Moritz Moszkowski

Biography

Born: August 23, 1854; Breslau, Germany   Died: March 4, 1925; Paris, France  
The Jewish pianist Moritz Moszkowski was German-born, but always claimed Polish nationality. A child prodigy, Moszkowski entered the Dresden conservatory at age 11, and from there moved on to Berlin where he studied piano with Eduard Frank and Theodore Kullak and composition with Friedrich Kiel. Kullak was so impressed by Moszkowski that he made the latter an instructor at the Neue Akademie der Tonkunst; Moszkowski was then only 17 years of age, Read more and he remained in this position until 1896. In 1873, Moszkowski made his debut appearance in Berlin and swiftly rose through ranks to recognition as one of the top piano virtuosi in Europe. In 1875, Moszkowski premiered his First Piano Concerto; soon after the premiere, Franz Liszt joined performed a two-piano version with him.

By the mid-1880s, Moszkowski was suffering from nerves and began to curtail his recital activity in favor of composing, conducting and teaching. His many published compositions proved very popular in the era of salon pianism, and netted the composer a handsome income. These included the Serenata Op. 15/1, Concert Studies Op. 24, Caprice Espagnol Op. 37, Etincelles Op. 36/6 and Guitarre Op. 45/2. Moszkowski's music for piano duet was especially popular, in particular the Spanish Dances Opp. 12, 21, and 65. Early in his career Moszkowski had some success with orchestral music as well, but these pieces remained largely unpublished and most are now lost.

Among Moszkowski's honors were membership in the Berlin Academy of Art, and an honorary lifetime membership in the Philharmonic Society in Britain, where he often appeared as conductor. Upon leaving the Neue Akademie der Tonkunst, Moszkowski re-settled in Paris with his wife, the sister of the composer Cecile Chaminade. In 1910 Moszkowski's wife left him for his best friend, taking their daughter with her; he never truly recovered from this personal tragedy.

In the early years of the twentieth century Moszkowski proved unable to adapt to changing musical styles, and sales of his works quickly declined. Having lost his considerable fortune during the tumult of the First World War, Moszkowski was living in poverty by the early 1920s. On December 21, 1921 a group of concerned colleagues arranged a benefit concert at Carnegie Hall on his behalf; among the 14 pianists who played the event were Percy Grainger, Harold Bauer, Wilhelm Bachaus, Leo Ornstein, and Ignaz Freidman. The conductor of this "monster concert" was Walter Damrosch, who remembered that this event as the most difficult assignment of his career. Nonetheless, the concert generated $10,000; however Moszkowski was unable to access this windfall of cash until mere weeks before his death in Paris at age 70. Despite living up to the very eve of electrical recording, Moszkowski is not known to have left behind any records or piano rolls of his own playing. Read less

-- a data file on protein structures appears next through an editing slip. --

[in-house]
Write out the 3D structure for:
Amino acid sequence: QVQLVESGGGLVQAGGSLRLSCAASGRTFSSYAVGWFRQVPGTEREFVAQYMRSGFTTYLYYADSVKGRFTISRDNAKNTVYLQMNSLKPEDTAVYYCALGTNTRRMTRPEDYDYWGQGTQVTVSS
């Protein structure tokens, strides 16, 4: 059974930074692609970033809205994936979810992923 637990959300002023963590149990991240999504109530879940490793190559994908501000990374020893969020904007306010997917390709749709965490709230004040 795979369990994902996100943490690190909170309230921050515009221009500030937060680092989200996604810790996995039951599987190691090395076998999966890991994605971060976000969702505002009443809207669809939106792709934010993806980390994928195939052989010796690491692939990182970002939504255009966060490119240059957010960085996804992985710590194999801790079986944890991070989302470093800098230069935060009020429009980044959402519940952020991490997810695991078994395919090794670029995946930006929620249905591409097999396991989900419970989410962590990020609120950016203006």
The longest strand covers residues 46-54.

There are 164 Moritz Moszkowski recordings available.

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Works

Moritz Moszkowski


MOST POPULAR WORKS
WORKS
I. Allegro moderato
II. Vivace assai
III. Con moto
IV. Moderato e grazioso
No. 1. Russian
No. 3. German
No. 4. Spanish
No. 5. Polish
No. 2. Italian
No. 6. Hungarian
I. Moderato
II. Andante
III. Scherzo: Vivace
IV. Allegro deciso
No. 1. Moderato
No. 2. Allegretto con moto
No. 3. Moderato e grazioso
No. 4. Allegro animato
No. 5. Allegro con brio
I. Molto allegro e con fuoco
II. Presto
III. Andante
IV. Allegro moderato e grazioso
V. Allegro con spirito
VI. Mesto
VII. Tempo di valse
No. 1. Kinder Marsch: Allegro
No. 2. Humoreske: Allegretto
No. 3. Tarantelle: Allegro molto
No. 4. Spinnerlied: Vivo
I. Prologue: Allegro brioso
II. Moment musical: Molto moderato
III. Melodie: Allegro moderato
IV. Air de Ballet: Andante con moto
V. Arabesque: Allegretto animato
VI. Berceuse: Andante
VII. Valse: Tempo moderato
VIII. Tarantelle: Molto vivace
No. 1. Cortege: Allegro ma non troppo
No. 2. Gavotte: Moderato
No. 1. Mazurka: Allegro
No. 2. Mazurka: Allegro un poco moderato
No. 3. Polonaise: Allegretto con moto
No. 4. Krakowiak: Allegro con spirito
No. 1. Allegro brioso
No. 2. Moderato
No. 3. Con moto
No. 4. Allegro comodo
No. 5. Bolero: Con spirito
No. 1. Allegro ma non troppo
No. 2. Andante con moto
No. 3. Habanera: Allegretto
No. 1. Polonaise: Brioso ed energico
No. 2. Walzer: Allegretto grazioso
No. 3. Ungarischer Tanz: Allegro con fuoco
I. Allegro energico
II. Allegro moderato
III. Lento assai
IV. Molto vivace
No. 1. Allegro moderato
No. 2. Pesante e lugubre
No. 3. Allegro grazioso
No. 4. Vivace assai
No. 5. Pomposo ed energico, ma non troppo allegro


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